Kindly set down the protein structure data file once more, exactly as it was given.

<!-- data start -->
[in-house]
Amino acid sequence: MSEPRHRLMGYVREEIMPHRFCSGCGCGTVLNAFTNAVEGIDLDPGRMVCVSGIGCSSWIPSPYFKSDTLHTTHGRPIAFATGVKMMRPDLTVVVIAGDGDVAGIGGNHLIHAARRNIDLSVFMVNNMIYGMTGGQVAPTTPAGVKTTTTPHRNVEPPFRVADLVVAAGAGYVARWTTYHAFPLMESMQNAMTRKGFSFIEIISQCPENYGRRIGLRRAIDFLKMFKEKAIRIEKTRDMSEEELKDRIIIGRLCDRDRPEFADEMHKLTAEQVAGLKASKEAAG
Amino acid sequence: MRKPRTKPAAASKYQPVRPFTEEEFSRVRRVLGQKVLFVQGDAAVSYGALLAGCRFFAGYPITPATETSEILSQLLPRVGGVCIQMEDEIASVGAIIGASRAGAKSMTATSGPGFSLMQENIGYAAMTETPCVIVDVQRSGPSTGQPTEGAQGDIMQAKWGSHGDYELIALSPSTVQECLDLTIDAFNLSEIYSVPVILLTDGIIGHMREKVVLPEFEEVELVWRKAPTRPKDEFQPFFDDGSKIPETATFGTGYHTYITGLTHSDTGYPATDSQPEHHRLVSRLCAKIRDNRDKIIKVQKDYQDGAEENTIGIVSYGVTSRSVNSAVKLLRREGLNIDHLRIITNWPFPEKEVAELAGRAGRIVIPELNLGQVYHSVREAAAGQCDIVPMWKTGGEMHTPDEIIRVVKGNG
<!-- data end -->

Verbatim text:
[in-house]
Amino acid sequence: MSEPRHRLMGYVREEIMPHRFCSGCGCGTVLNAFTNAVEGIDLDPGRMVCVSGIGCSSWIPSPYFKSDTLHTTHGRPIAFATGVKMMRPDLTVVVIAGDGDVAGIGGNHLIHAARRNIDLSVFMVNNMIYGMTGGQVAPTTPAGVKTTTTPHRNVEPPFRVADLVVAAGAGYVARWTTYHAFPLMESMQNAMTRKGFSFIEIISQCPENYGRRIGLRRAIDFLKMFKEKAIRIEKTRDMSEEELKDRIIIGRLCDRDRPEFADEMHKLTAEQVAGLKASKEAAG
Amino acid sequence: MRKPRTKPAAASKYQPVRPFTEEEFSRVRRVLGQKVLFVQGDAAVSYGALLAGCRFFAGYPITPATETSEILSQLLPRVGGVCIQMEDEIASVGAIIGASRAGAKSMTATSGPGFSLMQENIGYAAMTETPCVIVDVQRSGPSTGQPTEGAQGDIMQAKWGSHGDYELIALSPSTVQECLDLTIDAFNLSEIYSVPVILLTDGIIGHMREKVVLPEFEEVELVWRKAPTRPKDEFQPFFDDGSKIPETATFGTGYHTYITGLTHSDTGYPATDSQPEHHRLVSRLCAKIRDNRDKIIKVQKDYQDGAEENTIGIVSYGVTSRSVNSAVKLLRREGLNIDHLRIITNWPFPEKEVAELAGRAGRIVIPELNLGQVYHSVREAAAGQCDIVPMWKTGGEMHTPDEIIRVVKGNG